If before you incur five (5) consecutive one year Breaks in Service, you return to work in the Industry and earn at least 450 hours of credited service within a fiscal year, a permanent Break in Service may be prevented.

For Example:

1996-2000
2001-2004
2005 
  You earned 4 Years of Service.
You Incurred 3 consecutive One-Year Beaks in Service.
You earn a 1/4 year of service credit. 

At the end of 2005 you have 4¼ Years of Service. You are not affected by any One-Year Break in Service.

For Example:

1997-2000
2001-2006
2007 
  You earned 4 Years of Service.
You have 6 consecutive One-Year Breaks in Service.
You earn a Year of Service. 


At the end of 2007 you have 1 Year of Service. Your prior Years of Service would have been permanently forfeited because you had 5 or more consecutive One-Year Breaks in Service.

What happens if I am called into military service?

Your active military service may count for purposes of earning Service Credit, Years of Vesting Service and avoiding a Break in Service.

Prior to 1994, certain periods of active U.S. Military Service may also count towards your Years of Service if you are engaged in Covered Employment immediately before such military service and return to Covered Employment within a year after discharge.

For Participants who return to Covered Employment from Military Service on or after December 12, 1994, The Uniformed Services Employment and Reemployment Rights Act of 1994 (“USERRA”) protects individuals with the same employment and benefit rights that would have accrued if their leave of absence in the uniformed services had not occurred. You are eligible for protection under USERRA if you are engaged in Covered Employment for one hour within the 30 days immediately prior to such military service and return to Covered Employment within the prescribed timeframe below:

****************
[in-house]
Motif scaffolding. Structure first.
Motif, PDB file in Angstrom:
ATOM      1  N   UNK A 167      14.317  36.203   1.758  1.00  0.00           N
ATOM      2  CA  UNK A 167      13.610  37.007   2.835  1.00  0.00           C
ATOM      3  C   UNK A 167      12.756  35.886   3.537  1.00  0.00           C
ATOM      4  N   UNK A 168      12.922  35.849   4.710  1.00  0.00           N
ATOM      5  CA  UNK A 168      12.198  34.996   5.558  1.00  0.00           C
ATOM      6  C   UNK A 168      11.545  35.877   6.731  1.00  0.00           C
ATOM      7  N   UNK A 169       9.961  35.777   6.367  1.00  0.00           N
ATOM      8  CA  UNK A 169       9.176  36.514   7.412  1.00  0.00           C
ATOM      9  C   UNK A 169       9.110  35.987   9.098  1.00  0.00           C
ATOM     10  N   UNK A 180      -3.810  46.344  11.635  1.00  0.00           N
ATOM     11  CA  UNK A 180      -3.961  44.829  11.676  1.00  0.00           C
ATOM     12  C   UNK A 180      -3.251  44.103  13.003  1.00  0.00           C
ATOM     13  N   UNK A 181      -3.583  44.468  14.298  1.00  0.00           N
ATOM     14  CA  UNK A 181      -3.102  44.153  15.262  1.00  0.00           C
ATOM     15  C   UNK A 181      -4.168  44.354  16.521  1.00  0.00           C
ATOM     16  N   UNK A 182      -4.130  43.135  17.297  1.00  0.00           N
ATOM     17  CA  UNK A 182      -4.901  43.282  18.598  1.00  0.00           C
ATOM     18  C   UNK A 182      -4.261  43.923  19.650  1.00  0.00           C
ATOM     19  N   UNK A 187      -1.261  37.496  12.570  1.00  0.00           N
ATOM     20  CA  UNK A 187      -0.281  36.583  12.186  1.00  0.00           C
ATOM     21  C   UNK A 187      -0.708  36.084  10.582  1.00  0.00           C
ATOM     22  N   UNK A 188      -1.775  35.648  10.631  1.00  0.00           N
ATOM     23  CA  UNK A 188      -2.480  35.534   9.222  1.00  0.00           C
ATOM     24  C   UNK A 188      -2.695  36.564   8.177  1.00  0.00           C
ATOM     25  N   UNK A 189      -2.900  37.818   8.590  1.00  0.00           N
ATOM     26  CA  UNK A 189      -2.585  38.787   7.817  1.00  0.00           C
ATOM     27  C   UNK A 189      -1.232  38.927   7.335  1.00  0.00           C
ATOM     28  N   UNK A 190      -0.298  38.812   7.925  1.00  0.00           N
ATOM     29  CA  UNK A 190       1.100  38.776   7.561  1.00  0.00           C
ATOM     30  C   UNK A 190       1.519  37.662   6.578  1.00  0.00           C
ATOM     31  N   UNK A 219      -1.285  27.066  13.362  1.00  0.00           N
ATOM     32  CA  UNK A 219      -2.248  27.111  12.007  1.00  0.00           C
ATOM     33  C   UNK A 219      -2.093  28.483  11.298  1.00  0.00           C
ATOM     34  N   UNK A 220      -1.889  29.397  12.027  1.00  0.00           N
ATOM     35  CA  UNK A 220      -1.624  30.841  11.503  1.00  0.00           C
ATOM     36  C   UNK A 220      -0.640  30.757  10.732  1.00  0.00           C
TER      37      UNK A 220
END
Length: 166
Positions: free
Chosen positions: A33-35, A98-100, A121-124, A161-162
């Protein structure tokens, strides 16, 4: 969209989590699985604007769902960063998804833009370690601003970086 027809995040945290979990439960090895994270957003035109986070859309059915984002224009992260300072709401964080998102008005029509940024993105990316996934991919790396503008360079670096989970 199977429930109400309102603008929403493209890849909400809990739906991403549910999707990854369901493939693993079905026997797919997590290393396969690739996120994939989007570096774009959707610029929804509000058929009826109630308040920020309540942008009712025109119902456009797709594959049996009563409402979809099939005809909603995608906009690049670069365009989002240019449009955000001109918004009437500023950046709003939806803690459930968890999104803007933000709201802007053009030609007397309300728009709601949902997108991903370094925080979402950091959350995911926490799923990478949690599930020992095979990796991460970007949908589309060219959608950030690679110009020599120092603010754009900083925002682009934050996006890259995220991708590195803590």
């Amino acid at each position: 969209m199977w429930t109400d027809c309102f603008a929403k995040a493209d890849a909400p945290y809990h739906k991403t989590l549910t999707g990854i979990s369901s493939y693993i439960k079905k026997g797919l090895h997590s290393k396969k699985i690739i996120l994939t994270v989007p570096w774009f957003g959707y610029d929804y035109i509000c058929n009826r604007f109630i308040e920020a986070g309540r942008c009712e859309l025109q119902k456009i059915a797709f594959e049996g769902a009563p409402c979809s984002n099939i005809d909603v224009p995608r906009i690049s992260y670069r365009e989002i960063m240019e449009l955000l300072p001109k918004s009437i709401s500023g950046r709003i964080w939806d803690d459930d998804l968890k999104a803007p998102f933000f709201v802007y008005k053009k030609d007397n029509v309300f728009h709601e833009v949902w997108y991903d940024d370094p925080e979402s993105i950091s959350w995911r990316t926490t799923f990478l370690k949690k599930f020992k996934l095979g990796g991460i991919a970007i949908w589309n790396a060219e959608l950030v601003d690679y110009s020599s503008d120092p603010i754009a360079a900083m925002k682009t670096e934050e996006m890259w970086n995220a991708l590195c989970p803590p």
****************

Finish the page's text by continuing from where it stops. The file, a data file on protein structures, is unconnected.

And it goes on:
Length of Military Service    Reemployment Deadline 
Less than 31 days
31 through 180 days
More than 180 days 
  1 day after discharge (allowing 8 hours for travel)
14 days after discharge
90 days after discharge 

You must provide oral or written advance notice (not required if prevented by military necessity circumstances) to the Fund Office. Your employer must notify the Plan Administrator within 30 days of the date it reemploys a veteran. Service must be terminated honorably and you must provide proof of discharge including Form DD-214.

You will be credited upon return with one twelfth of the total annual hours worked in the twelve months immediately prior to entry into active service, for the months served in the military. Military service is defined as the Armed Forces or reserves, Army or National Guard, Commissioned Corps of the public health service, or any other category designated by the President in time of war or national emergency.

If you die while in Qualified Military Service, the period your Qualified Military Service will be treated as Vesting Service and you will be considered an active participant for purposes of the Plan’s Pre-Retirement Lump Sum Death Benefit.